Nevertheless if you read Barnbaum’s concepts (and get beyond his modernist examples) to understand the basic questions that are being asked, these could be applicable to any artist; What is your emotional response to what you are thinking about photographing; What is your personal point of view; Subject matter ultimately becomes secondary to the artist seeing, vison (read: concept) and philosophy of life. With an advanced degree in mathematics from UCLA and an on-going interest in physics, don’t be put off by when suddenly he introduces quantum mechanics theory to discuss a point about creativity.

In the final chapter, Barnbaum states that a photographer/artist shouldn’t try to analyze something to death before going and actually doing it (whether the zone system for film or Photoshop for digital); “be willing to experiment with new tools, new subject matter, new ways of seeing and composing, new ways to interpret the scene”. Makes sense to me.

Publisher: rockynook (Santa Barbara, CA)

The book has stiff-cover, glued/perfect bound binding, four-color lithography, Index, and printed in Korea








August 24, 2016

Hasselblad Ready for its close-up: part 2

Filed under: Photography — Tags: , , — Doug Stockdale @ 4:33 am


Pentax Spotmeter V, copyright 2016 Douglas Stockdale

In my earlier post about determining the exposure index (EI) for the two 21mm extension tubes on my 150mm Sonnar Hasselblad lens, I was pinged with some questions about the +1 exposure compensation conclusion. I am realizing that with the advent of digital photography which really gained traction in the early to mid 2000’s, there is an entire generation of digital photographers who are not familiar with film and manual light meters, which should not be much of a surprise, but sometimes the extent and breath of the non-analog experience is interesting.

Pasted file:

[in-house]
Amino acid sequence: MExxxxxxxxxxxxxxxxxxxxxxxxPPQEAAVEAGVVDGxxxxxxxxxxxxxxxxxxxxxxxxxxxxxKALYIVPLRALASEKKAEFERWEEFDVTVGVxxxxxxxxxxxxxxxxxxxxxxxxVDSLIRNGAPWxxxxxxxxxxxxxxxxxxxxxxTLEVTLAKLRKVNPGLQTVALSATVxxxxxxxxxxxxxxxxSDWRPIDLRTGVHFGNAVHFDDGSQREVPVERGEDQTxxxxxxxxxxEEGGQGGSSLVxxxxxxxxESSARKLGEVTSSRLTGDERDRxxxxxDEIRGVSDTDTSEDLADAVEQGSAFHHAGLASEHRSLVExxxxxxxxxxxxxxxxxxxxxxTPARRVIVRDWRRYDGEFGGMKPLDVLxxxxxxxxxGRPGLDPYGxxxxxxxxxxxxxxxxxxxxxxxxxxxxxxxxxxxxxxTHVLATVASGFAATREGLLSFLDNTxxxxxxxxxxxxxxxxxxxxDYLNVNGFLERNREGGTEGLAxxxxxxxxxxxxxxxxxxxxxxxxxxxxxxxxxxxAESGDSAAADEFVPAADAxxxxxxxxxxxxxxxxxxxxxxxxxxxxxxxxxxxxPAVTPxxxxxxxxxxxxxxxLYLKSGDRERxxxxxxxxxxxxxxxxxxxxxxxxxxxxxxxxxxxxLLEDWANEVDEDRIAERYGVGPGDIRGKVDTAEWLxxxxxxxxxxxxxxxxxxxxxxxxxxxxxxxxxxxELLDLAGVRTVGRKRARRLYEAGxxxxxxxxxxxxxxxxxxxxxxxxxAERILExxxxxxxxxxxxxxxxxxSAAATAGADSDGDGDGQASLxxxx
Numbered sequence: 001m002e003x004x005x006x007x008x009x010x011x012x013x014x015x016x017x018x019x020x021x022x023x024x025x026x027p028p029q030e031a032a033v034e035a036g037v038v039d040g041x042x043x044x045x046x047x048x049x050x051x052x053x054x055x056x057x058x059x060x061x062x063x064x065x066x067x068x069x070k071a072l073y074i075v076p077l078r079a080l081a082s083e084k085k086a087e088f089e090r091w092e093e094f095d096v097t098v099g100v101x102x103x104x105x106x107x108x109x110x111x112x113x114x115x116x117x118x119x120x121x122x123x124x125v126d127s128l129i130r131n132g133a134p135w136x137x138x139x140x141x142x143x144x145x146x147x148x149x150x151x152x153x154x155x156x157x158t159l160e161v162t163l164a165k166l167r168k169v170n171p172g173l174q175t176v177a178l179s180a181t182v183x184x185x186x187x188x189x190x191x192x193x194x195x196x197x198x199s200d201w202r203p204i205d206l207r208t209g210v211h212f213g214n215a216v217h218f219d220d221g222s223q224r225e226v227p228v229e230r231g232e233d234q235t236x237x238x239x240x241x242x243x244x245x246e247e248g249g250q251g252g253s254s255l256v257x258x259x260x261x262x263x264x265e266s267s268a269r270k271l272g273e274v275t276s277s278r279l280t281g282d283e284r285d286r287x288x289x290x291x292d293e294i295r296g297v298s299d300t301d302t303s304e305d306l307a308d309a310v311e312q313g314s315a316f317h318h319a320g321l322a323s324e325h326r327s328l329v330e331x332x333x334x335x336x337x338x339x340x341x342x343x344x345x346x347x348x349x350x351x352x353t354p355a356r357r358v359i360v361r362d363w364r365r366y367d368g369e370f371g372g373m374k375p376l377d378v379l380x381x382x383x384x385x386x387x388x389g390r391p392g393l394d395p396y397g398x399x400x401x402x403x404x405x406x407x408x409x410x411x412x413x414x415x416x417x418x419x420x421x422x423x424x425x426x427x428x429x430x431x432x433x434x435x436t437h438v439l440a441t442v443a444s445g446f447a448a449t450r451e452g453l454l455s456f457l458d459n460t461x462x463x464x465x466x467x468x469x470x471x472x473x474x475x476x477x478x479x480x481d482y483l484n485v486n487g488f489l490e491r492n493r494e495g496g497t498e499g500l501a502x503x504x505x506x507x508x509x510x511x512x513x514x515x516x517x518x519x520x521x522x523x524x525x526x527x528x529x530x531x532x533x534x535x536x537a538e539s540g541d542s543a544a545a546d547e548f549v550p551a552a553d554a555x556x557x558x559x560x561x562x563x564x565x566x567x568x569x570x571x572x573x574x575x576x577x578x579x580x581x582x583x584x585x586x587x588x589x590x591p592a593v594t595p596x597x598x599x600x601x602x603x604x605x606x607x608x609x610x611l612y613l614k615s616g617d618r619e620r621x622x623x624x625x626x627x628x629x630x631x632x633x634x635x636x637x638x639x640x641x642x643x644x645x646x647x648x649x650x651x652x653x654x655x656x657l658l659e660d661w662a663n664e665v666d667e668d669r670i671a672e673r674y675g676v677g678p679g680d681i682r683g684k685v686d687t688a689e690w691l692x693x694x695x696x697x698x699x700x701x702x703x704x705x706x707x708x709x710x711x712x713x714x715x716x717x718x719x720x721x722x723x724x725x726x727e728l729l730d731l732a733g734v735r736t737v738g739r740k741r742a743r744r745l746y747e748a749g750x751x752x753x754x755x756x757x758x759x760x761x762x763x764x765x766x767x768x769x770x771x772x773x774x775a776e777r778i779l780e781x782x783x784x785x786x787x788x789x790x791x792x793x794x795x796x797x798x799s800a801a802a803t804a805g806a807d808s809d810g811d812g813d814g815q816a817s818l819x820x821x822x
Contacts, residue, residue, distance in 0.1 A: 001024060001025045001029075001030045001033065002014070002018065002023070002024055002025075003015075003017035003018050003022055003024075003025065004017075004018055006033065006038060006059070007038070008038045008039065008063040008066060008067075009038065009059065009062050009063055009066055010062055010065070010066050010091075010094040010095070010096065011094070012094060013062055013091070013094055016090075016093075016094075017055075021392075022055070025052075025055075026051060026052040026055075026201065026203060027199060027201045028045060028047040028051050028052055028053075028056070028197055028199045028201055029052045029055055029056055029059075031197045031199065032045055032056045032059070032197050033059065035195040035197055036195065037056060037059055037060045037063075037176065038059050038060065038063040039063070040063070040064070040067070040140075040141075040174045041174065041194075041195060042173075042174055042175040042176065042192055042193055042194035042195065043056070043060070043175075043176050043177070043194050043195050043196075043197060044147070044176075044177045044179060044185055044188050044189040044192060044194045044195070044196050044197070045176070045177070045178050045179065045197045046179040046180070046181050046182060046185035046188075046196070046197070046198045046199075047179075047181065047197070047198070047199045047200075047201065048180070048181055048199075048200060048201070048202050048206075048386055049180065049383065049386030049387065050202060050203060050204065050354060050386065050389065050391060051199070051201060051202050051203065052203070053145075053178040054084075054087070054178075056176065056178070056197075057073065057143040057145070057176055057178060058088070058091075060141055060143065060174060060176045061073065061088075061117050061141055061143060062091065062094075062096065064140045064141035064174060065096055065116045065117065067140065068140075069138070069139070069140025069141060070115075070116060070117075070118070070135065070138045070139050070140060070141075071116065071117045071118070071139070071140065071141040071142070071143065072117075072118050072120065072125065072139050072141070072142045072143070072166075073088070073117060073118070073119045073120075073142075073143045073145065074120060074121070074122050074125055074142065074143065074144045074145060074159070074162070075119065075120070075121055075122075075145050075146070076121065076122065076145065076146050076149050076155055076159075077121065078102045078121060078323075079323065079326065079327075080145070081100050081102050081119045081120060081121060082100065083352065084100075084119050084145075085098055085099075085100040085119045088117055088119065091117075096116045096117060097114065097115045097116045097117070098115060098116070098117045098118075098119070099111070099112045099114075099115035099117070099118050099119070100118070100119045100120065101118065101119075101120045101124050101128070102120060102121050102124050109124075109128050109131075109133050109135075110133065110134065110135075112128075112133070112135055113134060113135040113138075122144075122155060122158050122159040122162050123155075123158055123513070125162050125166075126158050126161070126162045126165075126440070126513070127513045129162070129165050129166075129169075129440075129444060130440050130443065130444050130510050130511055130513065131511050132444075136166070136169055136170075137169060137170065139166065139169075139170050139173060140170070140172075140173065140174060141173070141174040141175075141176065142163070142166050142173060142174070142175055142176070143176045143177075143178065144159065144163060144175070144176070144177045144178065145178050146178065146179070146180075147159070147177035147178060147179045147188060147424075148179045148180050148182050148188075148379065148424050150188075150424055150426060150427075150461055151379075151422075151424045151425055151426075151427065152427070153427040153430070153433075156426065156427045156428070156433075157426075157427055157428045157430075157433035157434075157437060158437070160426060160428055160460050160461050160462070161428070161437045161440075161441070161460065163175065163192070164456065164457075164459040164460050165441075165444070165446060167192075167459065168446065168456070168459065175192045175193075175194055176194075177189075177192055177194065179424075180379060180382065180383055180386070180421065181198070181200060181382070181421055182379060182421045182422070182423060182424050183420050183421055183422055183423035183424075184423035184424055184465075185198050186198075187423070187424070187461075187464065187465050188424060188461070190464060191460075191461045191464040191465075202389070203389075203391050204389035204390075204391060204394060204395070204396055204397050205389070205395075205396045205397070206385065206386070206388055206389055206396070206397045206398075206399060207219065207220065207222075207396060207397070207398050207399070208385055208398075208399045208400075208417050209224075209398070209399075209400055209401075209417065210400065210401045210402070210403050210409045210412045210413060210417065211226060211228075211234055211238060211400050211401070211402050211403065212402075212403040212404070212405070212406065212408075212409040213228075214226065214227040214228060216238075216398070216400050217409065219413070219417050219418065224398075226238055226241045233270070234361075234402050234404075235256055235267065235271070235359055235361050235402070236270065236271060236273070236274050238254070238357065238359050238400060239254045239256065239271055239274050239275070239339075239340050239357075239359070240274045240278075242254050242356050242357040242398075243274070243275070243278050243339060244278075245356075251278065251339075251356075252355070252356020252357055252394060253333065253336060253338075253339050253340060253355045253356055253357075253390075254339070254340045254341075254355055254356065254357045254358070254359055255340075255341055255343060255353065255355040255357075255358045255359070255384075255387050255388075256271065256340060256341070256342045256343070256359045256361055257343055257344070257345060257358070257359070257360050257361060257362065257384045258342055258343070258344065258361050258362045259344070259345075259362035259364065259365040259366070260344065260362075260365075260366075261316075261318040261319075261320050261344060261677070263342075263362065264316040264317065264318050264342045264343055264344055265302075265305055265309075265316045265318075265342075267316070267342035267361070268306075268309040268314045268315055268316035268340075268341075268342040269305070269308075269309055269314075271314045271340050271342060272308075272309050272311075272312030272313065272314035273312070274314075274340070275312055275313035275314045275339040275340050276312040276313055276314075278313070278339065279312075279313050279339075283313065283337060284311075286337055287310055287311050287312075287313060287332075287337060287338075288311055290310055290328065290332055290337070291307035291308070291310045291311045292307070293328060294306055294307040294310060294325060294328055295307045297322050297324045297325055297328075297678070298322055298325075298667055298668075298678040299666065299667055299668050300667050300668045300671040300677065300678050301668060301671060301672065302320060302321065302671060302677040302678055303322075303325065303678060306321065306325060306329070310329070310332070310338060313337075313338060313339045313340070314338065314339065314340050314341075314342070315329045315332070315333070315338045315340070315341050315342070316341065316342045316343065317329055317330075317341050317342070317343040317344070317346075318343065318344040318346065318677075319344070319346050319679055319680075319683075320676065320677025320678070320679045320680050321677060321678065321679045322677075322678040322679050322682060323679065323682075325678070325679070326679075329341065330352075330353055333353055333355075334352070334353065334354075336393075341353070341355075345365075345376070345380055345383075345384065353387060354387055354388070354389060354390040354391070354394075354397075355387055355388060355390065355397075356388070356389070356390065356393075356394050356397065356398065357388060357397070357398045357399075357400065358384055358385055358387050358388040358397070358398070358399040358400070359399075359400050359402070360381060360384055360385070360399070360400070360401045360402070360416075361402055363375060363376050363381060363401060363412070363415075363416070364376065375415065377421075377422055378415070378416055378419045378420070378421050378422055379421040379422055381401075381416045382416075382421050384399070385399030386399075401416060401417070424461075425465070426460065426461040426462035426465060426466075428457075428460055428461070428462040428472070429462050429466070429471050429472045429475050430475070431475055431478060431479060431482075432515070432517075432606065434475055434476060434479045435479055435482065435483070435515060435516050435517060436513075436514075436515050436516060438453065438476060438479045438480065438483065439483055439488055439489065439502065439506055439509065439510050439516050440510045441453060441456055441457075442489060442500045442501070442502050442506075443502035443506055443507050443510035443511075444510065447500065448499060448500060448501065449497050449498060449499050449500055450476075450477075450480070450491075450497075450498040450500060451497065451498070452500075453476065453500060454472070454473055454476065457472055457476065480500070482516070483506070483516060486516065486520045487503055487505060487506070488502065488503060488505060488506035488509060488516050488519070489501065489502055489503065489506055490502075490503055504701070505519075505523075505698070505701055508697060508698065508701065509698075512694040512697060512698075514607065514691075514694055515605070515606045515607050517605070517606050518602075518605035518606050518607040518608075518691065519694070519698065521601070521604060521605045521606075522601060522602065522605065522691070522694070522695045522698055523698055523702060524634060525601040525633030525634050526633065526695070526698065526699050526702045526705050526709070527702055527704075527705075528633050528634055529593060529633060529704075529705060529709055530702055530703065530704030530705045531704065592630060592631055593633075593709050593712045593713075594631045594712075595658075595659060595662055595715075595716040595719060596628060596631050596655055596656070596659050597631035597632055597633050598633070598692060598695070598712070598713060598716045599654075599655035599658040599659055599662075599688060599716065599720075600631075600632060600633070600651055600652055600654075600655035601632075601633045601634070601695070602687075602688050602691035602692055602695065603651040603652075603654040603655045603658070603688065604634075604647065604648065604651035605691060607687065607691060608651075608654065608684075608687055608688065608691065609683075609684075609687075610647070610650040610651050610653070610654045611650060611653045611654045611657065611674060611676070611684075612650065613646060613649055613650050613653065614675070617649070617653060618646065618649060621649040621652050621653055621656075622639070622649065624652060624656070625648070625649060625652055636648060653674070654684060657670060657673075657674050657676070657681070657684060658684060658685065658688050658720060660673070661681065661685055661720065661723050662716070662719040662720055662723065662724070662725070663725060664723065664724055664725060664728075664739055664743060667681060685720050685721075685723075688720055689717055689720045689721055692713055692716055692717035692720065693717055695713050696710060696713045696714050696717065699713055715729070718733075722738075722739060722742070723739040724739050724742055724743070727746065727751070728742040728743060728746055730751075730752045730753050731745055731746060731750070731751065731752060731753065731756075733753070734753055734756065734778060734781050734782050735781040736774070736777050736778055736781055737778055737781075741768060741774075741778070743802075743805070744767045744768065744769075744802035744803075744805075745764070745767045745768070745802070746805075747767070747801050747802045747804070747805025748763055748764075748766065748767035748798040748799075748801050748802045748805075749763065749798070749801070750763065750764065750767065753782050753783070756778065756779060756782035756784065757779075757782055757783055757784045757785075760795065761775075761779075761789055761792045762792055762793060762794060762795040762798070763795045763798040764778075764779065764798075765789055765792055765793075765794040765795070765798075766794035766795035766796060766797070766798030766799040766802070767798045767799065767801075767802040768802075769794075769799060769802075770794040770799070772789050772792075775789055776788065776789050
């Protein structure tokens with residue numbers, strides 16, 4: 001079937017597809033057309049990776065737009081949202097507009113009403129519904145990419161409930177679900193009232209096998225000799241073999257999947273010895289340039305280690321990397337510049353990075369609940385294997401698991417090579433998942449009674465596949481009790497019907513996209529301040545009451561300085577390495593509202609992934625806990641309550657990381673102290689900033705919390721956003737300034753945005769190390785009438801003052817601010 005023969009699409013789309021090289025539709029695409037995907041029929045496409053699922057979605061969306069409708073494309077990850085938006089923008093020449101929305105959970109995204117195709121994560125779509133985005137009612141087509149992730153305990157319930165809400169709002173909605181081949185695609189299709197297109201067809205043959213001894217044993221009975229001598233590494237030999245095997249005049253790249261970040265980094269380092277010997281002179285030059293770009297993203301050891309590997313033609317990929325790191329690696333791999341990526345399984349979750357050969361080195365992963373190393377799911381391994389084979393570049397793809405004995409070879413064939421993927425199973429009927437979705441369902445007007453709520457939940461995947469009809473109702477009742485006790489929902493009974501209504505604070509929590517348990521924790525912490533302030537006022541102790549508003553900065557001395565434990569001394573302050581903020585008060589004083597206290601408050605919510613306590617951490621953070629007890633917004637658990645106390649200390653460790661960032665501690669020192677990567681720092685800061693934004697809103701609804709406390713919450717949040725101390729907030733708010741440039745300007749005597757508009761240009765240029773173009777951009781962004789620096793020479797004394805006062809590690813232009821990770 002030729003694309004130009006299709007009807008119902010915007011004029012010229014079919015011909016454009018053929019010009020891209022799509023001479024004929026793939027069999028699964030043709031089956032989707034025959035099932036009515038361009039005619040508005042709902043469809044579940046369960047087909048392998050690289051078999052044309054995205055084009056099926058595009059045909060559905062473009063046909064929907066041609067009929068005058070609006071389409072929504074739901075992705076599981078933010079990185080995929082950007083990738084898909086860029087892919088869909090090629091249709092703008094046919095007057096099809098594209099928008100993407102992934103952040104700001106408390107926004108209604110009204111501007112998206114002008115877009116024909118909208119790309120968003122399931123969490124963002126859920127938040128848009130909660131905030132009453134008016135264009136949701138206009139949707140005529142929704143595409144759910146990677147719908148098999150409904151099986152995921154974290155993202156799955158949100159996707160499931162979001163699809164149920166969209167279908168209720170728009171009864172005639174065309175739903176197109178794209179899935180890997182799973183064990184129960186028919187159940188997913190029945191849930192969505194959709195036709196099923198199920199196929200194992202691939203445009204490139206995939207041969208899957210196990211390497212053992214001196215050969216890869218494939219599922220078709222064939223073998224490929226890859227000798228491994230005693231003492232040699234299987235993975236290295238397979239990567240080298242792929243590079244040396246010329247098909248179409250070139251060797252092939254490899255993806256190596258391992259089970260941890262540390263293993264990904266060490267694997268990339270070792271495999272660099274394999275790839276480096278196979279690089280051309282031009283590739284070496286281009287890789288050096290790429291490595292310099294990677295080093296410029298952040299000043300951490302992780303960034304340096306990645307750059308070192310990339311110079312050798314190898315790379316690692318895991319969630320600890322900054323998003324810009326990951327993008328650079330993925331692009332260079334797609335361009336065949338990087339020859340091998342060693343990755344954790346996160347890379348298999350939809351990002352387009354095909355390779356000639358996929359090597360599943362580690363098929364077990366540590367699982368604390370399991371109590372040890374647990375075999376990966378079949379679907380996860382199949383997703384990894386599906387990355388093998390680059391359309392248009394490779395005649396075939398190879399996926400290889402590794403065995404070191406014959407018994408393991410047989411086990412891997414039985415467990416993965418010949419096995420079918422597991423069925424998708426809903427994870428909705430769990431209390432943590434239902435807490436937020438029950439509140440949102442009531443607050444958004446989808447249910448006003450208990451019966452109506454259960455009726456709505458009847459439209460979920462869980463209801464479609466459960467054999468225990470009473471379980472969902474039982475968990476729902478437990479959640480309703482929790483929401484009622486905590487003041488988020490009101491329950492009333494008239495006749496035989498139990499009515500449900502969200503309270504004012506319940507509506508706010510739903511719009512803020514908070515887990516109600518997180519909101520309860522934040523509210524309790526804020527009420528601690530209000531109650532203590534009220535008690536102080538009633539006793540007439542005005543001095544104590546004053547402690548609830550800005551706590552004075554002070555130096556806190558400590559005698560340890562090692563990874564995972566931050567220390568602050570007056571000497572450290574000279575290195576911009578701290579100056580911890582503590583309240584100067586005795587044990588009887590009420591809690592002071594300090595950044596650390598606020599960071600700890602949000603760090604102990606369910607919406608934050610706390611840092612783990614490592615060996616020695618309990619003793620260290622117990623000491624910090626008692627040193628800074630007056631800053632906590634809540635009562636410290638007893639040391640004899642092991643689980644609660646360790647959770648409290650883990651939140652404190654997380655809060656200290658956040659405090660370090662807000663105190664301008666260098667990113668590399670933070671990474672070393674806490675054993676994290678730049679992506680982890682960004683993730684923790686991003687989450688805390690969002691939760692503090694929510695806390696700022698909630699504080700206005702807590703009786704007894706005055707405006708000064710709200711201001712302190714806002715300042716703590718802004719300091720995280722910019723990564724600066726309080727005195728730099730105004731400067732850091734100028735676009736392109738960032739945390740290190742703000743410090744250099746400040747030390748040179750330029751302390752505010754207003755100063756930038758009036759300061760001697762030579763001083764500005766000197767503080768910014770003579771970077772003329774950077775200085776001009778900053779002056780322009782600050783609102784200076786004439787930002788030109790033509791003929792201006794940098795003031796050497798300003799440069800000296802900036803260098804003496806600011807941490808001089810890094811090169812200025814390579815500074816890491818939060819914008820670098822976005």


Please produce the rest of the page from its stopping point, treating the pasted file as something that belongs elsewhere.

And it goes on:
In the zone system exposure parlance you start with your basic EI, in this case the ASA of the film is the basic or neutral starting point. My Fiju Reala 100 color film has a ASA of 100, which I dial into my Pentax Spotmatic V, a manual 1 degree light meter. I acquired this current meter many moons ago with my earlier Minolta 1 degree spot has a “traumatic” moment (yep, while hiking I dropped in on the rocks, pretty traumatic for both me and the only light meter I had with me).

To complete my exposure compensation test, I varied the f/stop by a half stop stop per exposure. A plus one (+1) stop essential doubles the amount of available light during the film exposure over the neutral setting As example, I had set neural at 1/30 at f/4, thus the +1 was 1/15 at f/4 to double the amount of light during the exposure. I extended the test exposures to a +2-1/2 stops, which began to really over expose the film. The gray card I was photographing and film density was visually best to me with only the +1 stop. Now I could meter the scene with my light meter at set for the film ASA (e.g. 100) then take that meter reading and open one stop or alternatively I could set my meter ASA to 50 (half of the 100) and use the resulting setting.

The later option of altering the film ASA takes a bit less thinking ;- )

Btw, the nice thing about this 1 degree spot meter is that it has a number of settings; f stop for the lens aperture, T (time) for the exposure duration, ASA for the film speed and then something called the Linear Scale, which so happens is also a setting available with the older Hasselblad lens like my 150mm Sonar. Inside the meter, the linear scale is the value shown during the metering function. Once the Linear scale value is selected on the lens, the appropriate f stop and shutter speed T are coupled on the lens and when you change either the f/stop or the exposure duration, the other automatically changes due to the coupling function.